The reasonable approximation provision was the subject of some discussion during the regulatory process. Following the initial draft of the proposed regulation, the department modified the proposal regarding the taxpayer's ability to use a “reasonable approximation” method. The initial draft regulation provided taxpayers with the ability to use a “reasonable approximation” when “the state or states of assignment” could not be determined.29 The final regulation provides that a taxpayer must, “using a reasonable amount of effort undertaken in good faith,” apply the primary rule applicable to the sale (e.g., the specific assignment rules for in-person services, professional services, or sales to, by, or through a customer) before it may reasonably approximate.30 The final regulation further provides that a method of reasonable approximation “must reflect an attempt to obtain the most accurate assignment of sales consistent with the regulatory standards set forth in [the regulation], rather than an attempt to lower the taxpayer's tax liability.”31 There is no guidance as to how a taxpayer would demonstrate that its reasonable approximation attempt was made to “obtain the most accurate assignment of sales.” This raises a number of questions--for example, if a taxpayer determines that there are two equally reasonable methods by which it can approximate its Massachusetts sales, can it use the method that results in less tax? Additionally, there does not seem to be any converse requirement that the department make a similar demonstration (i.e., that any modifications to a taxpayer's sourcing methodology not be an attempt to increase a taxpayer's liability) when exercising its authority to adjust a taxpayer's return.32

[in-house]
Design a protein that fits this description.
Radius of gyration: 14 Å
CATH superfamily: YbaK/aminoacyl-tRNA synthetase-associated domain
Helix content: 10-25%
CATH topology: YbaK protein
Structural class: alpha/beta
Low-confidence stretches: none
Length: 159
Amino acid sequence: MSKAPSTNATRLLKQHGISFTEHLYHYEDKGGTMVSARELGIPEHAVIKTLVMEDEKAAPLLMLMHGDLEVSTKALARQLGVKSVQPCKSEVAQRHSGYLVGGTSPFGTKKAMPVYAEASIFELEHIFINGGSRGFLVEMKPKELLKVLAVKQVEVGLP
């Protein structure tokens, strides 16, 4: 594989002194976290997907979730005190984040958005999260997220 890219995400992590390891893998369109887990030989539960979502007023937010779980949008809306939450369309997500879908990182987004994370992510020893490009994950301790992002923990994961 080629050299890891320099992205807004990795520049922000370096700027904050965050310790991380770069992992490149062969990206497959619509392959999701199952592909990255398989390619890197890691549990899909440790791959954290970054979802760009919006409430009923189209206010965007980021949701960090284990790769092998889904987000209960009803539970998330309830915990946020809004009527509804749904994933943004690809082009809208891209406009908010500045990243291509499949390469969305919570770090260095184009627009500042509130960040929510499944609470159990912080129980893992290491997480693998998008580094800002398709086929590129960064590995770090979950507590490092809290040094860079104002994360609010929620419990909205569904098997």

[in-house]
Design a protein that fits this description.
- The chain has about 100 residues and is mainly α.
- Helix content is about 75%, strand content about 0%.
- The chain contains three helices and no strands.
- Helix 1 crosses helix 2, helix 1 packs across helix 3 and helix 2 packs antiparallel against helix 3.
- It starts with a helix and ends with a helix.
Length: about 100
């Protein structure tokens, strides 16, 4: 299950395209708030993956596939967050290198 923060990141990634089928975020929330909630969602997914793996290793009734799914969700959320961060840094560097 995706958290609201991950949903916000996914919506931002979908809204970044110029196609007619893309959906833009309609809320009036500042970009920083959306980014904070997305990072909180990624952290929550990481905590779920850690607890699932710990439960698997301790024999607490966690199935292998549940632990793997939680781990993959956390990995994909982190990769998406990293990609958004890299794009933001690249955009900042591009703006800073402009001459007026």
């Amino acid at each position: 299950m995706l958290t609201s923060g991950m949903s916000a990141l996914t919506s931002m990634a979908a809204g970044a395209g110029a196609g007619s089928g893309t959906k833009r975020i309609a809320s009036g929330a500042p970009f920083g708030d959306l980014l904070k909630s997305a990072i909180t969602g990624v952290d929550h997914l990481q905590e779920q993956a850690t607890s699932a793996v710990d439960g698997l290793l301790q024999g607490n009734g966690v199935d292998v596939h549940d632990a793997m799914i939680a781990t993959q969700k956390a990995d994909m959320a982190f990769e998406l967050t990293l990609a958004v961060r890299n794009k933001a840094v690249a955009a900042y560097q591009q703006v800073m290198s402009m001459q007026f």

Compliance Safe Harbor.